How To Make Your Own Musical Instruments
From maracas to kazoos, get the rhythm rolling in your house by spending an afternoon making homemade musical instruments! Your kids will love their colorful creations and can march to the beat of their own drums or throw a concert for the whole family.
There are a million and one different crafty recipes for making your own drums, from coffee can drums to spin drums. Kids of all ages will have fun making these…and they’re a perfect way to “beat” boredom! The best part is that they’re super easy to make and don’t require many materials.
Coffee Can Drums
All you need are some old coffee cans (old soup cans work too!), balloons, scissors, and tape.
Better for older kids or with adult supervision and guidance, this craft requires a few extra materials: empty ribbon spools, paper straws, card stock, decorative washi tape, ribbon or twine, wood beads, and a hot-glue gun.
Similar to the spin drum, this drum only requires wooden spoons, a drill, string, and beads. You will want to drill the holes for your children, but the rest of the craft can be done by them.
Tambourines, maracas, ankle bell bracelets, bell shakers, rain sticks—what do they have in common? Whether you’re more fond of the jingle jangle of bells, the gentle pitter patter of rain, or the crazy shake of maracas, they all have a similar sound as a result of shaking them.
Simply sew or hot-glue some bells onto ribbon that can be tied around your feet as ankle bracelets or around your wrists. Every time you take a step or get your groove on, you jingle a little!
This simple craft can be as colorful or plain as you want. The main materials are two paper plates, some coins or metal washers, a glue-gun, and ribbon.
Everyone loves the pitter patter of a gentle rain, and rain sticks are a fun way to recreate that sound on a dry summer day. Most rain sticks have nails or pins pushing in the tube to help create a more accurate sound, but if you’re doing this craft with younger kids you might want to complete that step ahead of time.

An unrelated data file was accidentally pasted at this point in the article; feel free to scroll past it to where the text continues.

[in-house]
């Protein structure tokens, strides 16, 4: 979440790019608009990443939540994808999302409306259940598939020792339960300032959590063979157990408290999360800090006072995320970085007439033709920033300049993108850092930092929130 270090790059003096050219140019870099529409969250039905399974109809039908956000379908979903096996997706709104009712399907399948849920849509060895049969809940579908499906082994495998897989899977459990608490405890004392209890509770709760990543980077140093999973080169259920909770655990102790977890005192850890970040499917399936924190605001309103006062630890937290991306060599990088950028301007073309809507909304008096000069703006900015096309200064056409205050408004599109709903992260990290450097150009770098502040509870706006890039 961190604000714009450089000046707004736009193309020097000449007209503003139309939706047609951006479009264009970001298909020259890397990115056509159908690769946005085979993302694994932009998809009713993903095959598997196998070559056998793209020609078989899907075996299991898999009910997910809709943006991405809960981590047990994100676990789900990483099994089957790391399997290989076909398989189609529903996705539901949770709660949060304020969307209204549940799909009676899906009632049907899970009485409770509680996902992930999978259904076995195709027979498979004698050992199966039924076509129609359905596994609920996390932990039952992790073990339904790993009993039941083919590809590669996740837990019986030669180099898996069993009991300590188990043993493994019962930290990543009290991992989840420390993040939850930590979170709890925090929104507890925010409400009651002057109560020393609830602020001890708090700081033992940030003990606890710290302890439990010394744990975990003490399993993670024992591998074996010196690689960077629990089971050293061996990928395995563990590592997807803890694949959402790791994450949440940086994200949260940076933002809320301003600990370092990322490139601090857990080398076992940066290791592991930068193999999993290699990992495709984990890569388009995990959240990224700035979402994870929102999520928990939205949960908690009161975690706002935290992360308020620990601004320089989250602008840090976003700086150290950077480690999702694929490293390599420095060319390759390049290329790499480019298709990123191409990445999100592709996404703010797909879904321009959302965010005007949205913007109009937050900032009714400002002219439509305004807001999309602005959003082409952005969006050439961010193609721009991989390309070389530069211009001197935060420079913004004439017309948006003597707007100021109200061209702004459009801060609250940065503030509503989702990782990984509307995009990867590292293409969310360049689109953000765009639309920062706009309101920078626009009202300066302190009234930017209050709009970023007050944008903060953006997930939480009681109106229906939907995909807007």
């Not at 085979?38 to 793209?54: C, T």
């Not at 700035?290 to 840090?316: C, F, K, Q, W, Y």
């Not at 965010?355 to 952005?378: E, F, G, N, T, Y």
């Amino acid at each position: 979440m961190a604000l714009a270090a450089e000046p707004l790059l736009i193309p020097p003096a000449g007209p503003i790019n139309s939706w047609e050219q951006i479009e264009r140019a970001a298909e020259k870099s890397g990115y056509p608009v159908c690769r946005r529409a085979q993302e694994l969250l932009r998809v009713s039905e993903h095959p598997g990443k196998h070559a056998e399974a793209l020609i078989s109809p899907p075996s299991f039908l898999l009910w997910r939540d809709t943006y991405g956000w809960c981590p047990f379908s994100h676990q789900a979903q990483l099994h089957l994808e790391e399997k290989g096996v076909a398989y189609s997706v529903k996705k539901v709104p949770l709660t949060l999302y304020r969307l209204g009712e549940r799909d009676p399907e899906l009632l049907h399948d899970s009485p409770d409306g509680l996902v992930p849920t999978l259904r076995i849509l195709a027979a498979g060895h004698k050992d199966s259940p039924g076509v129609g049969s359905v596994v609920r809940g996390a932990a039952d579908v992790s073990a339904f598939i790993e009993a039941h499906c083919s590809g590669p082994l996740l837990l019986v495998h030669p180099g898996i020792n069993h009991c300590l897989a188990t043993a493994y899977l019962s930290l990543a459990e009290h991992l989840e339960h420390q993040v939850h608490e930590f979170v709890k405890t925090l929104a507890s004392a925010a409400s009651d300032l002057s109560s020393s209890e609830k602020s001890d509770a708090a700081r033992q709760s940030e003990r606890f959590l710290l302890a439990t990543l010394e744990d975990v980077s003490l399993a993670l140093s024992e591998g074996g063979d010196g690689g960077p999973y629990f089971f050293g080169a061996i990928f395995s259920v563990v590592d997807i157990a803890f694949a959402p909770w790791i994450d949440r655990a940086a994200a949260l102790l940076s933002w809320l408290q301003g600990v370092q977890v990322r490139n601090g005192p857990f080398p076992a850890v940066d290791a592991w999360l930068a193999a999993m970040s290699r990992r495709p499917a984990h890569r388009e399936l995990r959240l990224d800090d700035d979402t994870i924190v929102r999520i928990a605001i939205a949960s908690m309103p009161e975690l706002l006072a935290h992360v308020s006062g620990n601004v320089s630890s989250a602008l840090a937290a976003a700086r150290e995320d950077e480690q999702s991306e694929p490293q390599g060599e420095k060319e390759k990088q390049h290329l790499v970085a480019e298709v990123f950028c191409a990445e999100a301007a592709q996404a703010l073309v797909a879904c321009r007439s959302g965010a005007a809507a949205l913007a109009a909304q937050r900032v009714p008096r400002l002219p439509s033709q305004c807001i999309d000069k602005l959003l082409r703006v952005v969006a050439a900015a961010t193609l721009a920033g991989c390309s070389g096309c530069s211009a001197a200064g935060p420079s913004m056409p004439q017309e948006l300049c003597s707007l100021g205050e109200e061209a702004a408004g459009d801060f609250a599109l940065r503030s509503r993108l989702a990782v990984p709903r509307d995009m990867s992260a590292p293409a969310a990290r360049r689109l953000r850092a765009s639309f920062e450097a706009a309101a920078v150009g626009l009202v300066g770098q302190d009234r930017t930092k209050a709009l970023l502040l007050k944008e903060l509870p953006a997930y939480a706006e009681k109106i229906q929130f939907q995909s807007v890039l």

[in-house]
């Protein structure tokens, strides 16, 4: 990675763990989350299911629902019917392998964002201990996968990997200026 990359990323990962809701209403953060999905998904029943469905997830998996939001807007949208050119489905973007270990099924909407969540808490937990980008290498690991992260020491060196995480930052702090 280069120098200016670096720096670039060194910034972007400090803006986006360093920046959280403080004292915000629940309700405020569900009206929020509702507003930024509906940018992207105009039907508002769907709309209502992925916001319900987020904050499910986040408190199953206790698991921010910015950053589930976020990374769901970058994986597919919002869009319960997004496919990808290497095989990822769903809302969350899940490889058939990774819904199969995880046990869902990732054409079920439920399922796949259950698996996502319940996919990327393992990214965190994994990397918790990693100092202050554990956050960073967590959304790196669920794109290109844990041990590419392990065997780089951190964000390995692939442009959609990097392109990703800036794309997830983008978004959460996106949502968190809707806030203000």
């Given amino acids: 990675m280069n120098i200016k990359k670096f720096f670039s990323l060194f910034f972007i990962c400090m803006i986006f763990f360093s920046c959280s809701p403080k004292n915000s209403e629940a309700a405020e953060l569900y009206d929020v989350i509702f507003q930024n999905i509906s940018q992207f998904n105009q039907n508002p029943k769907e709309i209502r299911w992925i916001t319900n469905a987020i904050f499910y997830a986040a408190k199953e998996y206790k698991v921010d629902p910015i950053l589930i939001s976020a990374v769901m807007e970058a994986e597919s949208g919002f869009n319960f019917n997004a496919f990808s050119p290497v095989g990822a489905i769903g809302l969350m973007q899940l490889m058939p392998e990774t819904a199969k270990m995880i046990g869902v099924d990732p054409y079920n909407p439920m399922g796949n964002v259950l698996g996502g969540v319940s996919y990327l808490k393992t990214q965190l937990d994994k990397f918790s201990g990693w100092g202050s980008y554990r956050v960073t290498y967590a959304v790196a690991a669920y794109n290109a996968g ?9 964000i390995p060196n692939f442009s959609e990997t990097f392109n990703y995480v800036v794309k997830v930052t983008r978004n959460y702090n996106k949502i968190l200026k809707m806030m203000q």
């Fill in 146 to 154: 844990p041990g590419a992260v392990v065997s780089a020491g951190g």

Although this tutorial will take you through creating a BOHO-inspired tambourine, your kids can decorate it however they would like! You need embroidery hoops, bells, glue, fabric, and decorative materials for the tambourine.
Instead of a traditional DIY egg maraca (tape the eggs to plastic spoons or forks for an easier grip!), turn the craft into a beneficial lesson for your kids by creating sensory bins! No special materials necessary. Open up the cupboards and find some plastic containers that have lids, and allow the kids to fill them with whatever small items you have around the house like beads, buttons, or seeds.
Fair warning, think back to how much your parents hated the sound of kazoos or recorders when you were growing up before you make this craft. While it is quite fun, it can certainly grate on you after an afternoon full of the sound. With that being said, this tutorial requires a cardboard tube (toilet paper or paper towel rolls work great!), wax paper, a rubber band, a sharp object (like a pen or pencil) to poke holes, and decorative materials for your instrument.
Guitars, banjos, and mandolins have never been easier. You can create these crafts with any old box; tissue boxes, shoe boxes, and cereal boxes all work fairly well. This banjo tutorial is mini-sized for mini fingers! All you need for materials are some sort of jar lid, popsicle or craft stick, and rubber loom bands. In three simple steps you can make mini mandolins, too—great for younger children.
- Step one: Separate embroidery hoops and lightly sand. Paint the outermost rim of the embroidery hoop. Let dry, then apply a second coat of paint.
- Step two: With a foam brush, apply a layer of Polycrylic finish.
- Step three: Wrap rubber bands around the inner circle of the embroidery hoop. Nest inside the outside hoop so that the rubber bands are perpendicular to the screw. Tighten the screw.
If you don’t want to paint, that makes it even easier! Simply let your kids decorate the embroidery hoops how they want, and wrap rubber bands around the inner circle. For best results, lay the instrument flat and pluck the rubber bands upward.
Turn the craft into a science lesson! After you’ve followed the steps to creating the perfect rainbow xylophone, experiment with the tones of the glass by changing the amounts in each glass and dumping different colors together. Pro tip: get your child a rubber mallet or something softer to hit the glass cans with to prevent a big shattered mess!
Written by Sarah Richards